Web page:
Many argue that the nature of early British industrialization supports the thesis that economic advances depend on specialized scientific training, the acquisition of costly human capital, and the role of elites. This paper examines the contributions of different types of knowledge to British industrialization, by assessing the backgrounds, education and inventive activity of the major contributors to technological advances in Britain during the crucial period between 1750 and 1930. The results indicate that scientists, engineers or technicians were not well-represented among the British great inventors, and their contributions remained unspecialized until very late in the nineteenth century. For developing countries today, the implications are that costly investments in specialized human capital resources might be less important than incentives for creativity, flexibility, and the ability to make incremental adjustments that can transform existing technologies into inventions that are appropriate for prevailing domestic conditions.
…….. The patent records also enable us to examine whether a science background increased productivity at invention. Again, the patterns are consistent with the notion that at least until 1870 a background in science did not add a great deal to inventive productivity. If scientific knowledge gave inventors a marked advantage, it might be expected that they would demonstrate greater creativity at an earlier age than those without such human capital. Inventor scientists were marginally younger than nonscientists, but both classes of inventors were primarily close to middle age by the time they obtained their first invention (and note that this variable tracks inventions rather than patents). Productivity in terms of average patents filed and career length are also similar among all great inventors irrespective of their scientific orientation. Thus, the kind of knowledge and ideas that produced significant technological contributions during British industrialization seem to have been rather general and available to all creative individuals, regardless of their scientific training.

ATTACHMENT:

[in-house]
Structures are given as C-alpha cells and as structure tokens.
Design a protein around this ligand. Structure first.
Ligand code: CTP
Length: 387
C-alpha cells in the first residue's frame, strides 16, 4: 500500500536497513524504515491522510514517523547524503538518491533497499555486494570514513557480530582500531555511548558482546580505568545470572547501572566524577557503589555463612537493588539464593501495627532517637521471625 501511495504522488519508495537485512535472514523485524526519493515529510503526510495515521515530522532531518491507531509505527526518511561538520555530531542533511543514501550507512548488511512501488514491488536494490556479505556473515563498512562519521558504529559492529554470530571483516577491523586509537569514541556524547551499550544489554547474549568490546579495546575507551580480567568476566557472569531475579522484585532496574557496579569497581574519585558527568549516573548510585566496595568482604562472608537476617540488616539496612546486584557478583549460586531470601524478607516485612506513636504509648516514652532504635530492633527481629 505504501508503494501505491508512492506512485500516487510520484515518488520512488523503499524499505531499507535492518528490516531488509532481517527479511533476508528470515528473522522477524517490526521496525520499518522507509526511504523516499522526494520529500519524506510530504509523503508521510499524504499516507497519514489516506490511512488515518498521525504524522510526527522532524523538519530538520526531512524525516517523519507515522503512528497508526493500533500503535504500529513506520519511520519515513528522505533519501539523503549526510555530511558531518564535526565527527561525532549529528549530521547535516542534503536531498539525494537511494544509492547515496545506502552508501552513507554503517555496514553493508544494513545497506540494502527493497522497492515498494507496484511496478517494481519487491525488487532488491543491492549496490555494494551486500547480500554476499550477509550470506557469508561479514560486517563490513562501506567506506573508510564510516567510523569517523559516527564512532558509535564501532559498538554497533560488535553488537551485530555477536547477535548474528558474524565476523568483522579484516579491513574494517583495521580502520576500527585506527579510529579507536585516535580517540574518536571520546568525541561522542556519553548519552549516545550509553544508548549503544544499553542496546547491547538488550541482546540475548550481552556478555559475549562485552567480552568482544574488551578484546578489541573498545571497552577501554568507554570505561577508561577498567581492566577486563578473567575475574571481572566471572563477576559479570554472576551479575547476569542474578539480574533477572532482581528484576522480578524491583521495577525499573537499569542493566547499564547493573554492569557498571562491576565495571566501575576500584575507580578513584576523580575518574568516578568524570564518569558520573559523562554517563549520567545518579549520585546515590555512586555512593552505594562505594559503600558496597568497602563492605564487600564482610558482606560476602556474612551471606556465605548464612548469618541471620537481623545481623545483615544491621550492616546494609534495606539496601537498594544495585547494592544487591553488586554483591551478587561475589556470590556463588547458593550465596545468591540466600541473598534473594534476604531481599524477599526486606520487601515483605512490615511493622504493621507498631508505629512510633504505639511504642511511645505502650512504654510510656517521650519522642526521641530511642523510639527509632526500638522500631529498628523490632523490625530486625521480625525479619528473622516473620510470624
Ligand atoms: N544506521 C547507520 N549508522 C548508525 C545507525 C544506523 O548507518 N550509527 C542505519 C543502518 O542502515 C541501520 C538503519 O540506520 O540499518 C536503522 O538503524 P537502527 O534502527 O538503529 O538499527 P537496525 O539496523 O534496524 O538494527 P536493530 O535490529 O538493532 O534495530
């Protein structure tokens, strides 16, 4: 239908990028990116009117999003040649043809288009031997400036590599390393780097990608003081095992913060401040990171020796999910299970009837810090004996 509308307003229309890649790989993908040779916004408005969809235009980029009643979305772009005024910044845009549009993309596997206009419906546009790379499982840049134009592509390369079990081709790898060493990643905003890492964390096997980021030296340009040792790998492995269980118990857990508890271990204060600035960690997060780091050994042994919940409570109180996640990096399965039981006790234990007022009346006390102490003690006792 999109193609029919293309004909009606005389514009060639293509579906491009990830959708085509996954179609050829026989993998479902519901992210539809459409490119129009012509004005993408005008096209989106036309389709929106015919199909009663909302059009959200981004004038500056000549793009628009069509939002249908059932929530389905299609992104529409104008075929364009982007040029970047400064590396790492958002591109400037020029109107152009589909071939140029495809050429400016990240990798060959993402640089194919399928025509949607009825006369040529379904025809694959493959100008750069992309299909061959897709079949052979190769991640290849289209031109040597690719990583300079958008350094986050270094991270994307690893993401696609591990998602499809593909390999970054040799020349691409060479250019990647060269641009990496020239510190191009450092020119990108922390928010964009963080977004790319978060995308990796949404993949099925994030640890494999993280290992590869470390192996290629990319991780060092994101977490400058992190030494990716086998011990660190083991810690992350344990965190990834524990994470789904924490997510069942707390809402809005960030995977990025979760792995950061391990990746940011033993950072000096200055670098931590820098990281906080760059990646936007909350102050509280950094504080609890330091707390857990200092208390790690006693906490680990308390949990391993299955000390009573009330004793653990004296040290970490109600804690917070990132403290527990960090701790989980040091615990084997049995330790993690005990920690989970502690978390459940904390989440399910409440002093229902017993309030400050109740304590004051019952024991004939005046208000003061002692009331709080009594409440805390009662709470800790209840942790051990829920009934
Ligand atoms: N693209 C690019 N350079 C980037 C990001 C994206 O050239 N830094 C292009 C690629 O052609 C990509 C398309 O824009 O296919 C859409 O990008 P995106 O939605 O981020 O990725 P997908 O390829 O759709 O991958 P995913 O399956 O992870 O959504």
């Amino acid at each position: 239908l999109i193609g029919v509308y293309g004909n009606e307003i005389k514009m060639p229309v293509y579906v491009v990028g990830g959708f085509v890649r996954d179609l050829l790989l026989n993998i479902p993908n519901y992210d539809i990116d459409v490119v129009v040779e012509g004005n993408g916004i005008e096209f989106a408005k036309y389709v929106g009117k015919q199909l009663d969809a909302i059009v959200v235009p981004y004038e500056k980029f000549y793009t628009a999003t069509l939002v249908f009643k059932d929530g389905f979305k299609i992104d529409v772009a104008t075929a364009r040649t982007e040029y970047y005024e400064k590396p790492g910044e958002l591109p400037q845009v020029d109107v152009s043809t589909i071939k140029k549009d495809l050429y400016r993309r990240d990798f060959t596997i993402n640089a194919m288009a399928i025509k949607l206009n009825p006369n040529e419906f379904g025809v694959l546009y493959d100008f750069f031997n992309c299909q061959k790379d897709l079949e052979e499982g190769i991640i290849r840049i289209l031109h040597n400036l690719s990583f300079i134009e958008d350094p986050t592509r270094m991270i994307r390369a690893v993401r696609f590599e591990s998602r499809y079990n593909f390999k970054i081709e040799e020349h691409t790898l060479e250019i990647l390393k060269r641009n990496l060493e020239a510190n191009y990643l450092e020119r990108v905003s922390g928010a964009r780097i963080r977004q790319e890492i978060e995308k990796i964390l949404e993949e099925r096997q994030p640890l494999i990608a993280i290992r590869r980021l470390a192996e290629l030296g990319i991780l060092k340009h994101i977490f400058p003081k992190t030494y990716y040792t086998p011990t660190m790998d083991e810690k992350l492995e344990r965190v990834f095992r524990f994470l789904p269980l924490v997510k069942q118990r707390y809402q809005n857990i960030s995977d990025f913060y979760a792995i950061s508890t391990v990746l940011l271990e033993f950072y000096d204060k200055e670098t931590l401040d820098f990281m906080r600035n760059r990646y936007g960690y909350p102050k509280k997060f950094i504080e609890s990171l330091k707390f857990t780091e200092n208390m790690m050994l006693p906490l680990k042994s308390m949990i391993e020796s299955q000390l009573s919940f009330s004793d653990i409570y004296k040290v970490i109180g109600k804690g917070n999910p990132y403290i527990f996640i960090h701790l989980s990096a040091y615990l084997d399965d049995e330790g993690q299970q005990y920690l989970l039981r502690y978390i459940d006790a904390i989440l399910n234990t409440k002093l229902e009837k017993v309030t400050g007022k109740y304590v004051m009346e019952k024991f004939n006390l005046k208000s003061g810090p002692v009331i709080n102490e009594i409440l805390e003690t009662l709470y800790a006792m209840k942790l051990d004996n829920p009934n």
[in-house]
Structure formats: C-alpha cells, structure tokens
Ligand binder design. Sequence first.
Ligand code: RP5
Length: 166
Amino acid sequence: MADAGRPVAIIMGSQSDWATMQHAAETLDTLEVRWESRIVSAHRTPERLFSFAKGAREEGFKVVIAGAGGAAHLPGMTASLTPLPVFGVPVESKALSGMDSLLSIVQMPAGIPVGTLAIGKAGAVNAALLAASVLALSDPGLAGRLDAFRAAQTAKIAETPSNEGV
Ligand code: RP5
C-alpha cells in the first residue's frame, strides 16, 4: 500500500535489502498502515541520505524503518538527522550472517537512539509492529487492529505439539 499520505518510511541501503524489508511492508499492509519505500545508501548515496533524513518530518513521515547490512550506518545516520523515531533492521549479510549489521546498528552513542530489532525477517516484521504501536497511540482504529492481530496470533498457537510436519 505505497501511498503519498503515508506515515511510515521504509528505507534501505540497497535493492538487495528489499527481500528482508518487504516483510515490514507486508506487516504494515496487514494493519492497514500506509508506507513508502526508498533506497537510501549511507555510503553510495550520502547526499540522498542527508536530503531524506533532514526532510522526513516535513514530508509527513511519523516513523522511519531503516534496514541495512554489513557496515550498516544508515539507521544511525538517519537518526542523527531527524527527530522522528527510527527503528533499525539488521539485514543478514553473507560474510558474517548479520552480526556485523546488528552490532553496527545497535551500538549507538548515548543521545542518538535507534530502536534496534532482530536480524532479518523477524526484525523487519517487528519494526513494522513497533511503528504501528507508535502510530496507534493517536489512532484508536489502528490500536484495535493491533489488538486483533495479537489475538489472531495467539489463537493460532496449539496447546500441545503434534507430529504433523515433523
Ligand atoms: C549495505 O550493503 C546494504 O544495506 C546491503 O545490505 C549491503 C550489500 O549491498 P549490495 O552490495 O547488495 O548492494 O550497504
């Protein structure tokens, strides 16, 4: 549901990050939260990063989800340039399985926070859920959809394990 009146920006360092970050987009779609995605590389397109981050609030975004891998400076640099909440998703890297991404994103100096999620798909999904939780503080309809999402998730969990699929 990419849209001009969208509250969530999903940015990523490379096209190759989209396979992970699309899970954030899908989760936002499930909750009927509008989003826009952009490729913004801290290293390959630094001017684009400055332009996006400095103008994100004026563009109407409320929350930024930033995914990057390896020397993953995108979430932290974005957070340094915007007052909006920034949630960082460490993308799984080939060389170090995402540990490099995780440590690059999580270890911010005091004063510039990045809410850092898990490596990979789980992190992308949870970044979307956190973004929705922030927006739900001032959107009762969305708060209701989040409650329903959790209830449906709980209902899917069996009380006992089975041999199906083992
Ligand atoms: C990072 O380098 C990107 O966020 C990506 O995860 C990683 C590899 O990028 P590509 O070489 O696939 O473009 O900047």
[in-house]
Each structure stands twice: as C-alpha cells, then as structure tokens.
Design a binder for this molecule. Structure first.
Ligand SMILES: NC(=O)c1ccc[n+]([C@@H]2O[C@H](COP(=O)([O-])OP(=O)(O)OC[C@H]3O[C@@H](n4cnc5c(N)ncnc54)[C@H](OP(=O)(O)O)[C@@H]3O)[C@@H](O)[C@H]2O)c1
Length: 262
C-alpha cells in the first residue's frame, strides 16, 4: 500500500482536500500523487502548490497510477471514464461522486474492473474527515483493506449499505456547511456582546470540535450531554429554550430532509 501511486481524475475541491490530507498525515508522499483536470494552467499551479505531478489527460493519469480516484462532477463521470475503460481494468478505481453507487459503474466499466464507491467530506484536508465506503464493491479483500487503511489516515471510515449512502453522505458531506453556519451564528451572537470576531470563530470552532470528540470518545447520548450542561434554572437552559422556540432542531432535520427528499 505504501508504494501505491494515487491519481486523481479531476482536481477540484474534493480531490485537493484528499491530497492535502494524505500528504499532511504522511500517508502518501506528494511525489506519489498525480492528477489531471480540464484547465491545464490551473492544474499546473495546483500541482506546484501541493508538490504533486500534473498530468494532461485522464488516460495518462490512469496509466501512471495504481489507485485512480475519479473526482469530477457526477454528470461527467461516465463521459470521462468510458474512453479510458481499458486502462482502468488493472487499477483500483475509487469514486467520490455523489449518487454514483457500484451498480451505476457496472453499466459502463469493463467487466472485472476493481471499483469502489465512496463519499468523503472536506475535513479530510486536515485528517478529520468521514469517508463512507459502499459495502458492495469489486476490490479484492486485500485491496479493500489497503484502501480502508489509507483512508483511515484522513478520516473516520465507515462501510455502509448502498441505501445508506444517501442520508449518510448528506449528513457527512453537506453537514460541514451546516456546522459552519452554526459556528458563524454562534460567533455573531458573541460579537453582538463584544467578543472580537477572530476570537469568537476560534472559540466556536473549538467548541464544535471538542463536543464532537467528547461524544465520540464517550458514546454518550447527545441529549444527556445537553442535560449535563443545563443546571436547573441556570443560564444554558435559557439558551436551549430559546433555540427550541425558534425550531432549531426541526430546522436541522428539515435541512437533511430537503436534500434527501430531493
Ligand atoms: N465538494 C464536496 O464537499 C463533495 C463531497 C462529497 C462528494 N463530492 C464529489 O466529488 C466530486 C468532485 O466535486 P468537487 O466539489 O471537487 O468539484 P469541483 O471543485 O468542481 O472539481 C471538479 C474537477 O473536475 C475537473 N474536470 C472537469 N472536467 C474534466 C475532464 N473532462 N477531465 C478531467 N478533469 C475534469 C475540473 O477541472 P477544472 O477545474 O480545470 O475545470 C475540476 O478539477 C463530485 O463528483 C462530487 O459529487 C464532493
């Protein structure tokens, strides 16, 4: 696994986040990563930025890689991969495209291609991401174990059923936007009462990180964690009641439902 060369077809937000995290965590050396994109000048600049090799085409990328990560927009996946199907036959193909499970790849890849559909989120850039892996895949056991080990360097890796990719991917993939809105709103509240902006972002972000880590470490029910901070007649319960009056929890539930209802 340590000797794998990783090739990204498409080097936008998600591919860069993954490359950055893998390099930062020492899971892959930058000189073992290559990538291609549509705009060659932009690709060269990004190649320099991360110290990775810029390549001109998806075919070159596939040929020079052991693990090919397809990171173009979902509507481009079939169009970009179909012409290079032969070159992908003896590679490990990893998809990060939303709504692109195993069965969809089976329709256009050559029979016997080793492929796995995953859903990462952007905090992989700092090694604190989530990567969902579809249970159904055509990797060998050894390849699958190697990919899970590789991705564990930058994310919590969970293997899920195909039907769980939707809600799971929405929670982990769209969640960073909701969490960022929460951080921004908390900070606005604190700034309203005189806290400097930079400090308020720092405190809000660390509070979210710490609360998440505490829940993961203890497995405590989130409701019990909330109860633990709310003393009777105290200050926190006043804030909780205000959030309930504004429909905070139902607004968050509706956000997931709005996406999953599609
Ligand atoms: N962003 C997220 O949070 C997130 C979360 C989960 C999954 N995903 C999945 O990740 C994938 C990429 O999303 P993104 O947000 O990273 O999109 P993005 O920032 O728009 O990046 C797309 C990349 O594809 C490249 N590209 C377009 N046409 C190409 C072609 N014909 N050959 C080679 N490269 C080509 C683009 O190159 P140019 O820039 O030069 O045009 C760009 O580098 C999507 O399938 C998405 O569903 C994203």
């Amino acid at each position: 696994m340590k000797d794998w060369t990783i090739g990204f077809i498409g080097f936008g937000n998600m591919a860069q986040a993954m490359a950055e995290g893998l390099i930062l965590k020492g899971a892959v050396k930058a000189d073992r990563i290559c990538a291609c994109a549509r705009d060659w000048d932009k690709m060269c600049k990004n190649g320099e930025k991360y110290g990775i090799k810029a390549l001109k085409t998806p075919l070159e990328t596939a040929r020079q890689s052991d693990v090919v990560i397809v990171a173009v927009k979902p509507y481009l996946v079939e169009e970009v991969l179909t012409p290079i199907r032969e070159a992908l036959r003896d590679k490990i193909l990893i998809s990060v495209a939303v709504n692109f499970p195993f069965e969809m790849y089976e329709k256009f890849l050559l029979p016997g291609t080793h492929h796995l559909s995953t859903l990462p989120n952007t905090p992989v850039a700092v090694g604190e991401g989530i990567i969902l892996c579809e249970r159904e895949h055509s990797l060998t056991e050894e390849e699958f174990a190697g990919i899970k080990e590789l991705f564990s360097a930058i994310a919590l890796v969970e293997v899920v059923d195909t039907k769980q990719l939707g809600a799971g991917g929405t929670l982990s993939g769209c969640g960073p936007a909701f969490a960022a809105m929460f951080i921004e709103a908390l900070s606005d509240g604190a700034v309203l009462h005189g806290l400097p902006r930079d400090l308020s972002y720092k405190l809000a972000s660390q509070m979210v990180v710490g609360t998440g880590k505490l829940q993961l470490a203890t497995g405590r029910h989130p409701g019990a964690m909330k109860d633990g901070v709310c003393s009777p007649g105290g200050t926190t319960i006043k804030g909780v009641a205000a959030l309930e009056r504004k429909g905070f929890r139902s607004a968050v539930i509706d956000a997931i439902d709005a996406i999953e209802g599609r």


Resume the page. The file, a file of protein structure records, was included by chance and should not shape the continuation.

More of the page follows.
“I think we have gone too far in the pro-poor direction…… we don’t necessarily have trade-offs. Factories are pro-poor.” Chris Blattman, Yale University
I am on record as not being too enthusiastic about “pro-poor growth” as it is currently practiced. Loans to the poor and other approaches that completely bypass those with a higher probability of succeeding at creating big business – the educated and middle class – will at best only keep the poor afloat and at worst divert resources from much needed long-term investment. I am not saying that the educated have a monopoly on entrepreneurship. All I am saying is that what we want is to create sustainable jobs. This requires scale. And scale comes with big business and industry.
Blattman neatly summarizes this point:
The difference between a country with $1,500 and $15,000 of income a head a head is simple: industry. All the microfinance and microenterprise programs in the world are not going to build large firms and import technology and provide most people with what they really want: a stable job, regular wages, and a decent work environment.
The Economist has a piece on the positive prospects for economic growth in SSA in the next few years.
Business Daily reports that Kenya’s property markets are no longer the exclusive preserve of old money or men, for that matter.
Still in Kenya, investment in higher education may start paying off. The BBC reports on Kenya’s growing outsourcing industry. Now they just have to learn Portuguese and Chinese for when they Brazilians and Chinese start calling to ask how to turn their (unplugged) electrical appliances on.
And lastly, Nairobi is (almost) no longer Nairobbery.